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Cats can worry pet parents when they suddenly vomit on a carpet or the hardwood floor. It leads many pet parents to wonder when their cats vomit, what’s normal and when to be concerned? While cats can vomit for several reasons, not all warrant an emergency trip to the vet clinic. There’s a lot to understand about cat vomiting and when pet parents should take action.
There are several common causes:
Hairballs, clumps of indigestible hair combined with saliva, bile, and digested food, are the most common cause of vomiting in cats. It’s normal for cats to hack up hairballs anywhere from once a week to once a month, depending on the cat, breed, and grooming habits. Luckily, most hair a cat swallows leaves the digestive tract through feces.
Nearly all cats vomit hairballs, so pet parents shouldn't worry unless the cat vomits hairballs frequently or nothing comes out when vomiting, which could indicate they have hair stuck in their intestinal wall.
To reduce hairballs, pet parents can try a few hairball hacks:
Comb a cat’s fur daily, or at least once or twice a week, with a bristle or rubber brush. Cats with long hair may need a long-toothed comb for tangles.
Consider dietary supplements that can help prevent hairballs from forming.
Give cats pet foods formulated for hairball prevention. These foods often contain digestive enzymes and extra fiber to help break down hair before it develops into a mass.
Provide a hairball remedy. These remedies include lubricating ingredients like petroleum jelly and cod liver oil that help the hairball pass through the digestive tract.
Cats can eat many things they shouldn’t, including toxic plant leaves, spoiled food, insects, human foods, or objects like paper clips or yarn. All of these can lead to vomiting. Some items may even become stuck in their throats or stomachs, causing a life-threatening emergency. if a pet parent thinks their cat ingested something toxic, this is a reason to contact a vet immediately.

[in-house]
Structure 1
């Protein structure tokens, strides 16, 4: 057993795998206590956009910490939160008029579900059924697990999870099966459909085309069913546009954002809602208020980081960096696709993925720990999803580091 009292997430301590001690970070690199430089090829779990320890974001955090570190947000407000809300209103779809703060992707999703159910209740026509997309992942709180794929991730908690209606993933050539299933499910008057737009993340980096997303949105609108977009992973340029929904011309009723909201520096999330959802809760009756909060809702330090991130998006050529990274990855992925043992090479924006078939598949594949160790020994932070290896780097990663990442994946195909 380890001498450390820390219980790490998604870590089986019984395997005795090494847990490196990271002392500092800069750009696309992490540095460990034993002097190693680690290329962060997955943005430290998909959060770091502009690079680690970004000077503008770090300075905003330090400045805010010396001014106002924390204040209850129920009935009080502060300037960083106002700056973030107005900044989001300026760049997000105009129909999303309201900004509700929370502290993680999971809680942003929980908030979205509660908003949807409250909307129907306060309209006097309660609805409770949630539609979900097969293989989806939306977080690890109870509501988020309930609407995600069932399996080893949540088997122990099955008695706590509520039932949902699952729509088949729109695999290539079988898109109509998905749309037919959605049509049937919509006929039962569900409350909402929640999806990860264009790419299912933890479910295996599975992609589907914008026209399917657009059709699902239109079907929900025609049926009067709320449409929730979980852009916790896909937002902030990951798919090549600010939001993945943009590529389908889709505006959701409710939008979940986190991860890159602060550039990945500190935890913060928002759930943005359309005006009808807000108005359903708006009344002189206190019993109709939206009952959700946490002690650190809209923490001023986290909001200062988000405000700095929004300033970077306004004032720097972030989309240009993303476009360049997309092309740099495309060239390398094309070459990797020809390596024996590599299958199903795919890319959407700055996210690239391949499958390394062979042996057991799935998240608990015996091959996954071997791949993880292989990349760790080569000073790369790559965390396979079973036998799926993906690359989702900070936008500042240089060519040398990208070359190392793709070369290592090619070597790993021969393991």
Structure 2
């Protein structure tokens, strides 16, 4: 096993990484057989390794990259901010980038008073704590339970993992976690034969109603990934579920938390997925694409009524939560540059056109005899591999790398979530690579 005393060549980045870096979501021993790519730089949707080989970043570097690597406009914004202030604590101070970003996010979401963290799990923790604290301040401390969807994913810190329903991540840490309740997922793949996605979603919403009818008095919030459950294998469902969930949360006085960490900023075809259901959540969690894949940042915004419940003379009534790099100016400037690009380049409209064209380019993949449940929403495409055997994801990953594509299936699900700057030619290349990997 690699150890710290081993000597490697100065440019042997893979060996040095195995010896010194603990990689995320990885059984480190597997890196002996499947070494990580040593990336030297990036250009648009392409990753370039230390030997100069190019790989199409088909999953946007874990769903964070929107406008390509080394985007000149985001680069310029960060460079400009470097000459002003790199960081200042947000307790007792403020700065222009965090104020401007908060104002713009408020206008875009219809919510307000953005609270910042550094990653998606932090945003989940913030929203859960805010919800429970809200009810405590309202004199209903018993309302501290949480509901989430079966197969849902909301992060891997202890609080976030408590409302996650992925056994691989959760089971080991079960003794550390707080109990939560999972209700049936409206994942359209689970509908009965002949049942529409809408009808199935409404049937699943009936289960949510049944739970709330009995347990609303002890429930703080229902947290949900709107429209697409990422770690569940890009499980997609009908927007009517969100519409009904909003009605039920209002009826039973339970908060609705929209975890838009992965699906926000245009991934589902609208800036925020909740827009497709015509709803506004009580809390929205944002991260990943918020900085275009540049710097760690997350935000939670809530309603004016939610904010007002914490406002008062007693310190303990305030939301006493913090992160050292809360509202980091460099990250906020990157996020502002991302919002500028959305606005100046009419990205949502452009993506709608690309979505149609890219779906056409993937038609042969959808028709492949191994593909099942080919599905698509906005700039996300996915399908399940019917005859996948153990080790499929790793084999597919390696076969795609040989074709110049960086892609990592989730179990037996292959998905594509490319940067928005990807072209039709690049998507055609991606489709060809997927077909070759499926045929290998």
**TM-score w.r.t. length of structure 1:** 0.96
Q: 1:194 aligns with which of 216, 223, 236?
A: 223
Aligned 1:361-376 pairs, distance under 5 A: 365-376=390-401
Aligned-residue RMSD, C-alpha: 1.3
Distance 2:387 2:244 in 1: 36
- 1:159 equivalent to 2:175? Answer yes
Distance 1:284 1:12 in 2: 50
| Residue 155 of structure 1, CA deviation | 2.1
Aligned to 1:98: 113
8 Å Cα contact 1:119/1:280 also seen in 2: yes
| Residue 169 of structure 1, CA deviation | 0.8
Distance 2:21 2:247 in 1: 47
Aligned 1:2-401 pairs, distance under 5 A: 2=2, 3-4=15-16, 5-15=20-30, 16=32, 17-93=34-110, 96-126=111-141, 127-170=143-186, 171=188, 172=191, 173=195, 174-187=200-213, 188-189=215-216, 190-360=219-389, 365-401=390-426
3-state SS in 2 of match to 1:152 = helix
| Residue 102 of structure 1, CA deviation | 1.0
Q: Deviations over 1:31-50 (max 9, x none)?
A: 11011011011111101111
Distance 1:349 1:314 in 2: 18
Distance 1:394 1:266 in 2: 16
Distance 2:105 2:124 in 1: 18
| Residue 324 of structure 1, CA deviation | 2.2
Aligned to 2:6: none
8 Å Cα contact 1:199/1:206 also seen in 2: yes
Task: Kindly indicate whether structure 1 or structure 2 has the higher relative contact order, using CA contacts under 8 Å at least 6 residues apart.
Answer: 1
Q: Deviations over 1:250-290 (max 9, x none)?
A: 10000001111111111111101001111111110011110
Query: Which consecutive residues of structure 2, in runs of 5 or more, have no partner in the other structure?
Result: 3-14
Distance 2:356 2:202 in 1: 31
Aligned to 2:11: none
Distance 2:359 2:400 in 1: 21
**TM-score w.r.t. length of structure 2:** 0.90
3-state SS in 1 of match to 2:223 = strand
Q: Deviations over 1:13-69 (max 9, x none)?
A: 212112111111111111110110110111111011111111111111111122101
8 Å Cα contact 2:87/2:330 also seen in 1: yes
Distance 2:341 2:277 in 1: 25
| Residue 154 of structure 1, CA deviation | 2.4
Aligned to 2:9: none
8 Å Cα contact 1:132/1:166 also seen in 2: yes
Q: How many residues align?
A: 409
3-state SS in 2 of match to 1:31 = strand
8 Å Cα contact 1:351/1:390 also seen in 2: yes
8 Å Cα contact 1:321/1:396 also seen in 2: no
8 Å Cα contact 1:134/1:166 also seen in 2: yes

Cats can become ill for many reasons. They can pick up bacterial, fungal, and viral infections that lead to poor health and vomiting. Other illnesses, such as cancer, metabolic disorders like kidney or thyroid disease, inflammation of the intestines or stomach, or intestinal parasites, can also cause a cat to vomit. Pet parents should regularly monitor how often their cat vomit and contact their vet if anything appears out of the ordinary.
Changes in nutrition, food, food allergies, or how much a cat eats can also cause vomiting. In addition, cats, especially those in multi-cat households, may eat too quickly as a way to protect their food source, causing digestive issues or an upset stomach.
Pet parents should contact a vet if they notice any of the following:
Synthetic objects in the vomit
Abdominal bloating or pain
Lack of appetite or increased appetite
Blood in vomit or feces
Pet parents can monitor a cat if they have food-or-hairball-related vomiting once or twice but aren’t showing other symptoms. If vomiting comes back or the cat shows signs of ill health, parents should contact a vet for cat health advice. However, if a pet parent knows the cat ate something poisonous, such as a toxic household plant, chocolate, grapes, garlic, or onions, they should call a vet or head to a local clinic immediately.
Pet parents who need cat advice for vomiting, hairball treatments, and other cat questions can connect with a Fuzzy vet for 24/7 Live Vet Chat.